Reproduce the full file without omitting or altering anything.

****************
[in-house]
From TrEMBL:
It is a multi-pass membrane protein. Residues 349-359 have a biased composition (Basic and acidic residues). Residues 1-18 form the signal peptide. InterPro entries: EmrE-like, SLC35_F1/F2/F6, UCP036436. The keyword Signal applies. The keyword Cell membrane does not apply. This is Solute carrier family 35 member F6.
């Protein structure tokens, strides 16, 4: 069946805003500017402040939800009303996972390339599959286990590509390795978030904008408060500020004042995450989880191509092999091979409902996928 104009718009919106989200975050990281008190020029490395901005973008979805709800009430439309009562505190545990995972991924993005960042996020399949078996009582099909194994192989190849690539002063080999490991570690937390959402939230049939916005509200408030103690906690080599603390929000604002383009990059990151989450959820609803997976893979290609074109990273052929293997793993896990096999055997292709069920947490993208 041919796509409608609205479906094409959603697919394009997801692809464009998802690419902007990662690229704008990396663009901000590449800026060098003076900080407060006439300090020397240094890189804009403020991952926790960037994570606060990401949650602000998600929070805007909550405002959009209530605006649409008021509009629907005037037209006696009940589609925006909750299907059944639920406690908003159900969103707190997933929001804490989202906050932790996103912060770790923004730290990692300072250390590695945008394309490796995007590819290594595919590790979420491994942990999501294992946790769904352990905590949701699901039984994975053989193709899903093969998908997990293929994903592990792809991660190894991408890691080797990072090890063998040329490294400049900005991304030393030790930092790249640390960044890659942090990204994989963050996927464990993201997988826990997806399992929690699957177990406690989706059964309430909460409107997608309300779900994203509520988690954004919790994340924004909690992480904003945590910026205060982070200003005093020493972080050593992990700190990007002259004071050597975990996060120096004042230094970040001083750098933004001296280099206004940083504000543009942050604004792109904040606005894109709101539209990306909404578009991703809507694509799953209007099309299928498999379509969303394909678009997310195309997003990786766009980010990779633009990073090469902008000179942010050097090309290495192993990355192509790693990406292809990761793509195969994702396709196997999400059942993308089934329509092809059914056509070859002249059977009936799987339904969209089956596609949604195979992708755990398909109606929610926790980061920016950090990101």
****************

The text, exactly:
[in-house]
From TrEMBL:
It is a multi-pass membrane protein. Residues 349-359 have a biased composition (Basic and acidic residues). Residues 1-18 form the signal peptide. InterPro entries: EmrE-like, SLC35_F1/F2/F6, UCP036436. The keyword Signal applies. The keyword Cell membrane does not apply. This is Solute carrier family 35 member F6.
């Protein structure tokens, strides 16, 4: 069946805003500017402040939800009303996972390339599959286990590509390795978030904008408060500020004042995450989880191509092999091979409902996928 104009718009919106989200975050990281008190020029490395901005973008979805709800009430439309009562505190545990995972991924993005960042996020399949078996009582099909194994192989190849690539002063080999490991570690937390959402939230049939916005509200408030103690906690080599603390929000604002383009990059990151989450959820609803997976893979290609074109990273052929293997793993896990096999055997292709069920947490993208 041919796509409608609205479906094409959603697919394009997801692809464009998802690419902007990662690229704008990396663009901000590449800026060098003076900080407060006439300090020397240094890189804009403020991952926790960037994570606060990401949650602000998600929070805007909550405002959009209530605006649409008021509009629907005037037209006696009940589609925006909750299907059944639920406690908003159900969103707190997933929001804490989202906050932790996103912060770790923004730290990692300072250390590695945008394309490796995007590819290594595919590790979420491994942990999501294992946790769904352990905590949701699901039984994975053989193709899903093969998908997990293929994903592990792809991660190894991408890691080797990072090890063998040329490294400049900005991304030393030790930092790249640390960044890659942090990204994989963050996927464990993201997988826990997806399992929690699957177990406690989706059964309430909460409107997608309300779900994203509520988690954004919790994340924004909690992480904003945590910026205060982070200003005093020493972080050593992990700190990007002259004071050597975990996060120096004042230094970040001083750098933004001296280099206004940083504000543009942050604004792109904040606005894109709101539209990306909404578009991703809507694509799953209007099309299928498999379509969303394909678009997310195309997003990786766009980010990779633009990073090469902008000179942010050097090309290495192993990355192509790693990406292809990761793509195969994702396709196997999400059942993308089934329509092809059914056509070859002249059977009936799987339904969209089956596609949604195979992708755990398909109606929610926790980061920016950090990101």